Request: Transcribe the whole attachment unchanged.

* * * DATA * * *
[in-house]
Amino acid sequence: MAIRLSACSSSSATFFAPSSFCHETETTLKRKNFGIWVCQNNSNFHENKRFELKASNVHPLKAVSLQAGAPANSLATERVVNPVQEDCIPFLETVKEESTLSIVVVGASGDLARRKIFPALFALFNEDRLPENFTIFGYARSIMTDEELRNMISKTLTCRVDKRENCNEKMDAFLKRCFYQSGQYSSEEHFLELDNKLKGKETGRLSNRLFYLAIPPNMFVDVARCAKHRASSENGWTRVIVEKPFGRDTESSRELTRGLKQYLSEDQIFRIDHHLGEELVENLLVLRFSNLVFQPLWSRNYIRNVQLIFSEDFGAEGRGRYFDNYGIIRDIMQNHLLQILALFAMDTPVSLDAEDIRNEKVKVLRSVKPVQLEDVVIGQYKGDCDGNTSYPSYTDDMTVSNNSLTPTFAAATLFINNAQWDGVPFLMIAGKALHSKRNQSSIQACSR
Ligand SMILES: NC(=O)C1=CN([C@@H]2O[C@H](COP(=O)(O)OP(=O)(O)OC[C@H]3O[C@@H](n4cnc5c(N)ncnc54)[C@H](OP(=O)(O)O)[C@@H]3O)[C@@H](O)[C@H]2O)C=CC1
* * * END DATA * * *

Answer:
[in-house]
Amino acid sequence: MAIRLSACSSSSATFFAPSSFCHETETTLKRKNFGIWVCQNNSNFHENKRFELKASNVHPLKAVSLQAGAPANSLATERVVNPVQEDCIPFLETVKEESTLSIVVVGASGDLARRKIFPALFALFNEDRLPENFTIFGYARSIMTDEELRNMISKTLTCRVDKRENCNEKMDAFLKRCFYQSGQYSSEEHFLELDNKLKGKETGRLSNRLFYLAIPPNMFVDVARCAKHRASSENGWTRVIVEKPFGRDTESSRELTRGLKQYLSEDQIFRIDHHLGEELVENLLVLRFSNLVFQPLWSRNYIRNVQLIFSEDFGAEGRGRYFDNYGIIRDIMQNHLLQILALFAMDTPVSLDAEDIRNEKVKVLRSVKPVQLEDVVIGQYKGDCDGNTSYPSYTDDMTVSNNSLTPTFAAATLFINNAQWDGVPFLMIAGKALHSKRNQSSIQACSR
Ligand SMILES: NC(=O)C1=CN([C@@H]2O[C@H](COP(=O)(O)OP(=O)(O)OC[C@H]3O[C@@H](n4cnc5c(N)ncnc54)[C@H](OP(=O)(O)O)[C@@H]3O)[C@@H](O)[C@H]2O)C=CC1